• Cabinet forms body to fix responsibility in oil scam
• Appointment of Lt Gen Akhtar Nawaz as NDMA chief okayed
• Opposition’s resignations not to affect Senate polls, says minister
ISLAMABAD: The federal cabinet on Tuesday decided to devise a mechanism under which provinces would be held accountable for how they spent funds given under the National Finance Commission (NFC) Award and formed a special committee to fix responsibility on those involved in the June petroleum crisis.
The meeting, which was presided over by Prime Minister Imran Khan, also allowed National Electric Power Regulatory Authority (Nepra) to adjust tariff. It is claimed that no additional burden will be passed on to the consumers during the third quarter of the current fiscal year.
The cabinet decided to improve data of Ehsaas social welfare programme, formally known as Benazir Income Support Programme (BISP), which will be used for taking decisions on public welfare.
In another important decision, the meeting approved the appointment of Lt Gen Akhtar Nawaz as the new National Disaster Management Authority (NDMA) chairman.
In a post-cabinet meeting press conference, Information Minister Shibli Faraz denied reports that former chairman of the authority, Lt Gen Mohammad Afzal, had been sacked for corruption and was under custody.
Shibli Faraz told media that the much-awaited report on the recent oil scam was placed before the cabinet and the prime minister vowed to take stern action against those involved in the scandal.
PM Khan formed a special committee and tasked it with presenting a report in a week to fix responsibility against those responsible for the crisis that led to petrol shortage in the country in June this year.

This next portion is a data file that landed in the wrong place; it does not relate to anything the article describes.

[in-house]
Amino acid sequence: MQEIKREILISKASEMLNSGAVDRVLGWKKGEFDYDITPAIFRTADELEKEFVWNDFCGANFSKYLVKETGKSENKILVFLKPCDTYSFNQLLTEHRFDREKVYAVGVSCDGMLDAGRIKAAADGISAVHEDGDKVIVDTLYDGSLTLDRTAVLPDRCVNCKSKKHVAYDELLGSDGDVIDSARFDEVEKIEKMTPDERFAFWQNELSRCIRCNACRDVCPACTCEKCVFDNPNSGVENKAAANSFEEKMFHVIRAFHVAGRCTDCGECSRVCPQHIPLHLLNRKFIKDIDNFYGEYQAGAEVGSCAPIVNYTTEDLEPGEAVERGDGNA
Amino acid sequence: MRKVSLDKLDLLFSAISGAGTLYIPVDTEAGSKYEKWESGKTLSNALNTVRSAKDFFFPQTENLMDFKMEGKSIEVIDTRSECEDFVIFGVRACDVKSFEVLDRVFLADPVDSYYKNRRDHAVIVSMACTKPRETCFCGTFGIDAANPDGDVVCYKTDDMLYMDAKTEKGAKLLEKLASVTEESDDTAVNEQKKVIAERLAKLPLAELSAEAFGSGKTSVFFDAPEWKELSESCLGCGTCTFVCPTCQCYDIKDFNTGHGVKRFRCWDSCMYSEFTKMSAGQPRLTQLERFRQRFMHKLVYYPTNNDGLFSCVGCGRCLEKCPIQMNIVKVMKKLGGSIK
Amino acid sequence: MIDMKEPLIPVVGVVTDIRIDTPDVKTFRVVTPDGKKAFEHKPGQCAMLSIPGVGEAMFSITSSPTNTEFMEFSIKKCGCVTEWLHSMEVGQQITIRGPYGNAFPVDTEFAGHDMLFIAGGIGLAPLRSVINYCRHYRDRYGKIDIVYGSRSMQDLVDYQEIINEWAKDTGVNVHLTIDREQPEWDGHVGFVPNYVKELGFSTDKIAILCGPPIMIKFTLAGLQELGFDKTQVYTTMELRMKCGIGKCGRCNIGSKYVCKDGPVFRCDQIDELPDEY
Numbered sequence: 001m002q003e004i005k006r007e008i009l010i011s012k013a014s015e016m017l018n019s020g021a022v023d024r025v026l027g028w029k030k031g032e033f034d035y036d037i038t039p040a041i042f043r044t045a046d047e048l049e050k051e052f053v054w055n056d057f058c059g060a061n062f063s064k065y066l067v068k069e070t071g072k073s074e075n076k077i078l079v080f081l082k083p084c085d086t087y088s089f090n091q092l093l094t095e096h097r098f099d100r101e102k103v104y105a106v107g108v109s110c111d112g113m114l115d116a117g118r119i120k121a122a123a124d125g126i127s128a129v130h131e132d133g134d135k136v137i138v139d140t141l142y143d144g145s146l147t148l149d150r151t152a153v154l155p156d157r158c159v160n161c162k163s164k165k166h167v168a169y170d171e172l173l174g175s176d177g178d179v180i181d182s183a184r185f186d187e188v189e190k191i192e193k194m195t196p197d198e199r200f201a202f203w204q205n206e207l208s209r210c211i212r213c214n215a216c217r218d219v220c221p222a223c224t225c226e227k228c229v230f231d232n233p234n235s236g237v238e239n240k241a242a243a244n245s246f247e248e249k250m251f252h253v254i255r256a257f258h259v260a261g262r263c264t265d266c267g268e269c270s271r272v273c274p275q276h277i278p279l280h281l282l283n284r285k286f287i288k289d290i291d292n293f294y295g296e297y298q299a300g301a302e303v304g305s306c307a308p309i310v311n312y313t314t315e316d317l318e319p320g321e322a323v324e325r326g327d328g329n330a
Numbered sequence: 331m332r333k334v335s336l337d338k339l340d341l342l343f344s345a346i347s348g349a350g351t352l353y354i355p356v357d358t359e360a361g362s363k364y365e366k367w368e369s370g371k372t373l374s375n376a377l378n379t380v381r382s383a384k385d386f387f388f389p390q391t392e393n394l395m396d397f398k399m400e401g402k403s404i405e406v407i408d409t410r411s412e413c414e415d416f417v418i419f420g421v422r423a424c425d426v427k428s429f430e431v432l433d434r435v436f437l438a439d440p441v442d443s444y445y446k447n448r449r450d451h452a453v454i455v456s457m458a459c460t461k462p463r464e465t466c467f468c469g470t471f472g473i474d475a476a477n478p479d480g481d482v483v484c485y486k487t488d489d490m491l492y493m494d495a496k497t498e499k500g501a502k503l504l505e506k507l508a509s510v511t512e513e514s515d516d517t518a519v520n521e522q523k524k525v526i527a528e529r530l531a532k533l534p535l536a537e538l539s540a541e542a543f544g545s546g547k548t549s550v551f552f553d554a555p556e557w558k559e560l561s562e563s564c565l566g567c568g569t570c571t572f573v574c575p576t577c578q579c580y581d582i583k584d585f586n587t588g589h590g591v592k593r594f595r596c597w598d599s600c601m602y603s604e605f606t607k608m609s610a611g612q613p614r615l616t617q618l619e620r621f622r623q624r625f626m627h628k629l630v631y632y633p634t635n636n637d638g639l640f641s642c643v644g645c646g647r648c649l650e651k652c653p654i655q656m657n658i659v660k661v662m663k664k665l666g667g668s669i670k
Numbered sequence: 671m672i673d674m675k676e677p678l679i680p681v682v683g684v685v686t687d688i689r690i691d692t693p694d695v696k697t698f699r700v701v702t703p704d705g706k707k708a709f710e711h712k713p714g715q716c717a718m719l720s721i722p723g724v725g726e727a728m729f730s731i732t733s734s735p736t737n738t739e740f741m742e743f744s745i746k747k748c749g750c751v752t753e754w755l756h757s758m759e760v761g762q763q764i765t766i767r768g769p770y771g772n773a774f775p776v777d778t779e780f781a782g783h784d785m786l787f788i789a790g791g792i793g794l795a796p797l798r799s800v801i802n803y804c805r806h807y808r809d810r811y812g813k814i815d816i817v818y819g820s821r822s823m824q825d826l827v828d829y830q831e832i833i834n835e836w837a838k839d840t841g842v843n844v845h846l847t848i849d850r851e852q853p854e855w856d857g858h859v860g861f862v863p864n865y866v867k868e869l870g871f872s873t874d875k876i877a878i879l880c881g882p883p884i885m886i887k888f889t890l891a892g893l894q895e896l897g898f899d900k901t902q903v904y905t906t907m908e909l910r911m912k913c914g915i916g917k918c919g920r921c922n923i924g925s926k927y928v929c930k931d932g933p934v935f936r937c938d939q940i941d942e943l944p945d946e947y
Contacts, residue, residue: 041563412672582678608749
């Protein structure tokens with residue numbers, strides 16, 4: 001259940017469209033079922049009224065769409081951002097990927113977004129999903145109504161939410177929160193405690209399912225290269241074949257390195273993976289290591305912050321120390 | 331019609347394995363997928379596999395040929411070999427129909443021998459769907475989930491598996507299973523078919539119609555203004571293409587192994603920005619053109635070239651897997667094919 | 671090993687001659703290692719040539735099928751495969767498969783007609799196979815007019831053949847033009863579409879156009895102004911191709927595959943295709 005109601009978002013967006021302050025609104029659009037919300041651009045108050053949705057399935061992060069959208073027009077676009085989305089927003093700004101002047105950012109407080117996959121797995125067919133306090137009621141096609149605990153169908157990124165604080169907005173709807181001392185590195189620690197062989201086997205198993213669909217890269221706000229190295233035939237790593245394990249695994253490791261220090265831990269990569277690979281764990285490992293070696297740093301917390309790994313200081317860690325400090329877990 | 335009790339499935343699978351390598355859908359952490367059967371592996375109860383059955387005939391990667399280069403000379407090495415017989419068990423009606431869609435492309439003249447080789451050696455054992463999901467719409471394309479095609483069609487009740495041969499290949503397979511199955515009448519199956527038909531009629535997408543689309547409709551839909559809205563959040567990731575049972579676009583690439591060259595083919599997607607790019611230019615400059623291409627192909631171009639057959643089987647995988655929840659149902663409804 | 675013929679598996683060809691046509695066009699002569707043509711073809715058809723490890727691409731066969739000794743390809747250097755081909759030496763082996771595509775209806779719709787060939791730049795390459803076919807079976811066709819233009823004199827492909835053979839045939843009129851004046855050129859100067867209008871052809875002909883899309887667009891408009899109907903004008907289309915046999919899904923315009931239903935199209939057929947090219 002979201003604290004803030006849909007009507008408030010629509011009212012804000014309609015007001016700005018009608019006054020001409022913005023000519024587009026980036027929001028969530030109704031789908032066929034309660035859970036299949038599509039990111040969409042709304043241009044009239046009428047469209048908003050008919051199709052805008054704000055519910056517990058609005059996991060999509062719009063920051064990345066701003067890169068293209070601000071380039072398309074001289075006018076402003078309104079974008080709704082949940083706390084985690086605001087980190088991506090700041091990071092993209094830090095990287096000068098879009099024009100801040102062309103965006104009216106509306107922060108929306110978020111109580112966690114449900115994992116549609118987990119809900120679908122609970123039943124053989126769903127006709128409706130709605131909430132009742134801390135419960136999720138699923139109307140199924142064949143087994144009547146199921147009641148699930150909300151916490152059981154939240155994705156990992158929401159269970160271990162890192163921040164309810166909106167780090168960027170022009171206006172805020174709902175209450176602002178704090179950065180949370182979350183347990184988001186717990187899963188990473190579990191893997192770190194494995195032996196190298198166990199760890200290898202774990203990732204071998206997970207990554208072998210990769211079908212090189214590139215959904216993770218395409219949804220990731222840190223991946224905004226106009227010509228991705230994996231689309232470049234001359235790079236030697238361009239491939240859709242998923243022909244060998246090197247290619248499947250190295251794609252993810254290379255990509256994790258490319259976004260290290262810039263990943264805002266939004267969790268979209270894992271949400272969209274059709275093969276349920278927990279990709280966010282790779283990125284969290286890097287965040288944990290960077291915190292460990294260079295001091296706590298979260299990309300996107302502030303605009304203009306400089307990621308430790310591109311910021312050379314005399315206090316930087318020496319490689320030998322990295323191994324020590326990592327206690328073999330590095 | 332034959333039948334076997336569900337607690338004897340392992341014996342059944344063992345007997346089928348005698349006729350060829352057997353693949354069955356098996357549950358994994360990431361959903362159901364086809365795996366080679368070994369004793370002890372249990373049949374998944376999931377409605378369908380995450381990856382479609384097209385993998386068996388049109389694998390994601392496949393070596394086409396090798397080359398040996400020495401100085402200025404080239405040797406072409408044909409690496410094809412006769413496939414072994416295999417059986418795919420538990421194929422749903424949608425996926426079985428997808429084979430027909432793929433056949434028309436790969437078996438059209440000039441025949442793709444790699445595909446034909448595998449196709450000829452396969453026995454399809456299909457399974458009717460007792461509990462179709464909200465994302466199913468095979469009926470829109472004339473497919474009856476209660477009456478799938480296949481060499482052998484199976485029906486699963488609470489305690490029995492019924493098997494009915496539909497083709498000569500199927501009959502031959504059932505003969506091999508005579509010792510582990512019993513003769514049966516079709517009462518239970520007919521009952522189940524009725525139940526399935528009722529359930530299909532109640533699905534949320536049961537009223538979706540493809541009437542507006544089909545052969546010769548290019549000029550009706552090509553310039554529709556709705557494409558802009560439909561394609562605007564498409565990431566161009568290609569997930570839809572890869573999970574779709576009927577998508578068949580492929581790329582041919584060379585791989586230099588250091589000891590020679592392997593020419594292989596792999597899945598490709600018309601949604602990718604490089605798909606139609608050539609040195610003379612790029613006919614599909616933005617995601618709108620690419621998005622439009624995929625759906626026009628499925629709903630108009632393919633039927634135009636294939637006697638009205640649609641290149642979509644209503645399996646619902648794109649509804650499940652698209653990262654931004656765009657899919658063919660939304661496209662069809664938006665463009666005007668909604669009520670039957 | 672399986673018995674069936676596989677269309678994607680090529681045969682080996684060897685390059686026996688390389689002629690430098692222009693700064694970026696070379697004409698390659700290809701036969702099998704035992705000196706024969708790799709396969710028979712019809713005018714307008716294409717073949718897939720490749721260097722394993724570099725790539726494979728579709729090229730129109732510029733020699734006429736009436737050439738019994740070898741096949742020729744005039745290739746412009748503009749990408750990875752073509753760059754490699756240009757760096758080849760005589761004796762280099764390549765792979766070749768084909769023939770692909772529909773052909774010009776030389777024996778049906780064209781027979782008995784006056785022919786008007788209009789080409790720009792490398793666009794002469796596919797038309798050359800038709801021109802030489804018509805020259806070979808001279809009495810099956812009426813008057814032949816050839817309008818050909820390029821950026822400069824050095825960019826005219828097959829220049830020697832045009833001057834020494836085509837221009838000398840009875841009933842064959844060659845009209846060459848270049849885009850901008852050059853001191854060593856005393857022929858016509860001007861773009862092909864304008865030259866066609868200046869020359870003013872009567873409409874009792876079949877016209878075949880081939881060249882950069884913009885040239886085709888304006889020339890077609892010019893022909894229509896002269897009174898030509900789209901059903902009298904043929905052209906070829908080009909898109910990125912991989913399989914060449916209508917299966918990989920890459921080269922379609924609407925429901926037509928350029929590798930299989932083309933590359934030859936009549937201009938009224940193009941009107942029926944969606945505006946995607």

The committee comprises four federal ministers and is headed by Asad Umar. The other members are Shafqat Mehmood, Shireen Mazari and Azam Swati.
“The committee will present its report even before its given time; most probably by coming Friday,” Mr Faraz said.
“The investigation report ordered by Prime Minister Imran Khan into the petroleum products shortage this year was presented before the cabinet after which the premier formed a committee which will give recommendations next week about fixing responsibility for the crisis in light of the report,” he added.
In the report, the 15-member Inquiry Commission has recommended departmental proceedings against the top hierarchy of the Petroleum Division, dissolution of Oil and Gas Regulatory Authority (Ogra) and a halt to the operations of refinery and oil marketing company named Byco.
The commission’s 163-page report also estimated over Rs250 billion worth of oil smuggling from Iran and noted that a wide range of operations in the sector were against rules, operating in vacuum and without any check and balance.
It said having seen the affairs of Ogra, the commission was also ‘compelled to recommend’ performance audit of all the regulatory bodies like National Electric Power Regulatory Authority, Pakistan Electronic Media Regulatory Authority, Competition Commission of Pakistan and Drug Regulatory Authority of Pakistan.
Provinces accountable for funds
In a significant move, the federal government decided to form a mechanism to check how the provinces utilised funds given to them by the Centre under the NFC Award and to improve revenue generation by the provincial governments.